Welcome to our site!

Electro Tech is an online community (with over 170,000 members) who enjoy talking about and building electronic circuits, projects and gadgets. To participate you need to register. Registration is free. Click here to register now.

  • Welcome to our site! Electro Tech is an online community (with over 170,000 members) who enjoy talking about and building electronic circuits, projects and gadgets. To participate you need to register. Registration is free. Click here to register now.

Magnetic reed switch orientation.

Status
Not open for further replies.

dr pepper

Well-Known Member
Most Helpful Member
OK a totally useless subject.
I've repaired a powerball for someone.
There is a rotating gyroscopic ball inside a sphere that rotates, rotation is measured/counted by a display pcb, theres a reed switch under the board triggered by a magnet in the ball.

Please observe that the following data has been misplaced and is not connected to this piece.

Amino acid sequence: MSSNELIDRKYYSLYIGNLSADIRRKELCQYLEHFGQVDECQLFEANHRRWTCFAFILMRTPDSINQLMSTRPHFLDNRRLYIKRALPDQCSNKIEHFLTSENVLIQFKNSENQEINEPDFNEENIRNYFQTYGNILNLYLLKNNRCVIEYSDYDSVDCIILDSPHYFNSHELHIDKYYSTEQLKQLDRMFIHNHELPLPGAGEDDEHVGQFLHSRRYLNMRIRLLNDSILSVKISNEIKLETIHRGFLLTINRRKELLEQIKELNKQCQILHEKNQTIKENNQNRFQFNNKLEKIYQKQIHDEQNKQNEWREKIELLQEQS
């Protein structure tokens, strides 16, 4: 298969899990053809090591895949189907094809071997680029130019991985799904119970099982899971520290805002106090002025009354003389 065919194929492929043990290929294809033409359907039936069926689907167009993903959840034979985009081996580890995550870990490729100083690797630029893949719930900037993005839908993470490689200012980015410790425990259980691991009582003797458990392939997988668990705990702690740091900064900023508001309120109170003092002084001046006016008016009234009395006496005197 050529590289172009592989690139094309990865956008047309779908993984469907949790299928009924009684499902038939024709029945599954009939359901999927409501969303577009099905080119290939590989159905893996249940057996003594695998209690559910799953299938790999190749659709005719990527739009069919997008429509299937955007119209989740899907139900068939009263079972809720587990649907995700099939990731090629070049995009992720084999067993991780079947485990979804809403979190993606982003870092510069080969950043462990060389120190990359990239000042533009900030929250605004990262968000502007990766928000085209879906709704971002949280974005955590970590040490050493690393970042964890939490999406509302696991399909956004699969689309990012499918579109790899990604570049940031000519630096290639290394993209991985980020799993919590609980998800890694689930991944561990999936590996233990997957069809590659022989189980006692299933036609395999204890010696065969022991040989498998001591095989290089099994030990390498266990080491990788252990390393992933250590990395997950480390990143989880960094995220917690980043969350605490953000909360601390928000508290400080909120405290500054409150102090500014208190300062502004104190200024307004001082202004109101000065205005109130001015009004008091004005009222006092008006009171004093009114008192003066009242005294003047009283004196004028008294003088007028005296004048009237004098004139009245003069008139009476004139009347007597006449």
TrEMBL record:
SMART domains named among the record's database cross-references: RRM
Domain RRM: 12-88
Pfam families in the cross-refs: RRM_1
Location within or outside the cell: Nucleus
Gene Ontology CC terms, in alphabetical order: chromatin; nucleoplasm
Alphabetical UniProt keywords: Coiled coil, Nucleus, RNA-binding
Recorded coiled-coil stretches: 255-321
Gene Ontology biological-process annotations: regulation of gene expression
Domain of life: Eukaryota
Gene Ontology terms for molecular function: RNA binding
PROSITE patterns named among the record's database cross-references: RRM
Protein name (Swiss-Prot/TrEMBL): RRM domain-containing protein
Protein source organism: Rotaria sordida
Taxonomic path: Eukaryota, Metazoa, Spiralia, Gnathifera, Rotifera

This one had been broken, and was so badly smashed I couldnt see the position the switch was.
Is there a particular way a reed switch is more sensitive towards a magnetic field.
I seem to get more sensitivity when the magnet is near the actual contact point, but is hard to tell when you rotate it axially if it makes any kind of difference.
 

ericgibbs

Well-Known Member
Most Helpful Member
hi dr.

This pdf will help.

E.
 

Attachments

  • AN104.pdf
    314.9 KB · Views: 177

dr pepper

Well-Known Member
Most Helpful Member
Yes that explains pretty good, thanks.
Extrapolating from that the magnet within the ball must be end ways on.
They must balance its weight out as the reed only closes once per rev.

Edit: powerball now works, no idea how these geysers get 15krpm from them I can only get 5.
 
Last edited:
Status
Not open for further replies.

Latest threads

EE World Online Articles

Loading
Top